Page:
He continued on his travels a few months longer and then, in 1758, returned to England, In London he established himself with his brother James as an architect, and was soon widely employed by the gentry and nobility, becoming a more popular architect than Sir William Chambers. He became a fellow of the Royal and Antiquarian Societies, and on December 2, 1761, at the age of thirty-five, he was appointed joint architect to the King and Queen with Chambers.
In 1764 he published a folio volume of engravings by Bartolozzi of his Dalmatian drawings, entitled "Ruins of the Palace of the Emperor Diocletian at Spalatro". In 1768 he resigned his royal office to become a member of Parliament for Kinross.
In 1769 the four brothers started the building of the Adelphi, a huge collection of wharves, arches, and viaducts on the Thames, with access from the Strand, the first great office building in London. They overcame serious opposition, but the building was never a commercial success. In the end it was disposed of by lottery, and the brothers are supposed to have gained a substantial profit.
In 1773 the brothers Adam began the publication of their "Works in Architecture" in folio parts. Volume I, brought together in 1778, contained The Seat of the Duke of Northumberland at Sion, The Villa of Earl Mansfield at Kenwood, The Seat of the Earl of Bute at Luton Park, Public Buildings, and Designs for the King and Queen and Princess Dowager of Wales. Volume II, published in 1779, contained The House of the Earl of Derby in Grosvenor Square, The House of Sir Watkin Williams Wynn, Bart., in St. James's Square, The House of the Earl of Shelburne in Berkeley Square, The Seat of the Duke of Northumberland at Sion (continued), and Various Designs of Public and Private Buildings. The balance of the firm's more important drawings were brought out in a posthumous volume in 1822. The original designs of the firm are preserved in the Sloane Museum. There are thirty volumes of them, three of which are devoted to Adam furniture. Miscellaneous drawings have been collected and published from time to time since.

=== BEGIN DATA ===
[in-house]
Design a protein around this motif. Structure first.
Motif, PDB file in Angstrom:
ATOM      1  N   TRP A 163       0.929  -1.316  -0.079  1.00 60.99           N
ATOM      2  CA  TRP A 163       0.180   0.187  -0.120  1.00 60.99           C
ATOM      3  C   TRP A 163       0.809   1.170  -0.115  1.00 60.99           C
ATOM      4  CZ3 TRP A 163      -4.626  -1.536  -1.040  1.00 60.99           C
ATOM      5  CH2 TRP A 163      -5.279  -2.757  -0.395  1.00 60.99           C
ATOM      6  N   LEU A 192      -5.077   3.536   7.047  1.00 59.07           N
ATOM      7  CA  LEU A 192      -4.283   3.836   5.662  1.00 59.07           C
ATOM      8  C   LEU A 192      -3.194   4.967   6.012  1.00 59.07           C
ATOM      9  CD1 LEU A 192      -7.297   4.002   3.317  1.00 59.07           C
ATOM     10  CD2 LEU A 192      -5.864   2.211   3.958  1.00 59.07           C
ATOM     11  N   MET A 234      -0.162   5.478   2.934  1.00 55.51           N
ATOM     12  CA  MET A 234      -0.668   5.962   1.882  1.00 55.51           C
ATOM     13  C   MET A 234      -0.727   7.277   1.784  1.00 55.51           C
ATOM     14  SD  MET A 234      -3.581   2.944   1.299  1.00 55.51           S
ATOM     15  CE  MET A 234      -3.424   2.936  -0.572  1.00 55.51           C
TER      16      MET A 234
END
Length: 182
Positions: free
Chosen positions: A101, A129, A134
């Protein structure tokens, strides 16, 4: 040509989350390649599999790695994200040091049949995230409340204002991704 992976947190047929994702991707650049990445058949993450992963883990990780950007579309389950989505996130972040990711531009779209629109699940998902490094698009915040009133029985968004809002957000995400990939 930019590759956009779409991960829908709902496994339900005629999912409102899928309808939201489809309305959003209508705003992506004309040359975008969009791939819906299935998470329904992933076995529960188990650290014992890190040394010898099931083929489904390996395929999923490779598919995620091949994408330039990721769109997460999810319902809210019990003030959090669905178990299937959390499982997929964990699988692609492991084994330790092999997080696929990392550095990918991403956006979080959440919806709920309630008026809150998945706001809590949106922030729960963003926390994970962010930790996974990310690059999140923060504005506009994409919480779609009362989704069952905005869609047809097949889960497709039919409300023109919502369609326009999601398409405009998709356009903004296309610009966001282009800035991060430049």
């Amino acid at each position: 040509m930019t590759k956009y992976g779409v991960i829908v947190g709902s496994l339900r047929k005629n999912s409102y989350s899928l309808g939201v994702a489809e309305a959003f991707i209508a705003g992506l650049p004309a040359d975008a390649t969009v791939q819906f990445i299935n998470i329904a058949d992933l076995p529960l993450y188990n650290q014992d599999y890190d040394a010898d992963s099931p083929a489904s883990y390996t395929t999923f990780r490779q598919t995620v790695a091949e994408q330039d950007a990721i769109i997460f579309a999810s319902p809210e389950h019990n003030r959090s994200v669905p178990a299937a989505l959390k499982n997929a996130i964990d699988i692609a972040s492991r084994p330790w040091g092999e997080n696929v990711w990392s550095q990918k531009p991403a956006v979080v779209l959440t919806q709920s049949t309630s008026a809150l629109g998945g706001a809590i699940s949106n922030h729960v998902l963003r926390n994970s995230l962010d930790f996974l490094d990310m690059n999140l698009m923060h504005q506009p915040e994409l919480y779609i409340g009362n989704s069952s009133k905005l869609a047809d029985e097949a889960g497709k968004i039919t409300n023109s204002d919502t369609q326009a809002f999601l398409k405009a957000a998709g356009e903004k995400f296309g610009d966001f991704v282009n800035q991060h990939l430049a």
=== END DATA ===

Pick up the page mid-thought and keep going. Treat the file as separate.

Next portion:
On March 3rd, 1792, Robert Adam burst a blood vessel in his stomach and died at his home in Albe-marle Street, London. He was buried with high honours in Westminster Abbey.
Robert's brothers all achieved distinction. John, the oldest, remained in Scotland, where he succeeded his father as King's Mason in Edinburgh. The others all went to London. Robert was always the dominant figure, William, the youngest, being little more than his assistant.
James, however, would have been an architect of note in any event, and his name is often associated with Robert's in giving credit for the Classic revival. The two worked together on almost all the important works, and any discussion of the style must refer to their joint product.
James studied abroad shortly after Robert's return to England. In company with Clerisseau and Zucchi, he visited, in 1760-1, Verona, Padua, Vicenza (where he studied the works of Palladio), Venice, Florence, Pisa, Rome, Pompeii, and Naples, taking notes and measurements, and making drawings. He was appointed Master Mason of the Board of Ordnance for North Britain, and on Robert's death succeeded him as royal architect. He was the author of "Practical Essays on Agriculture" and was writing a history of architecture when he died of apoplexy at the house in Albemarle Street on October 20, 1794.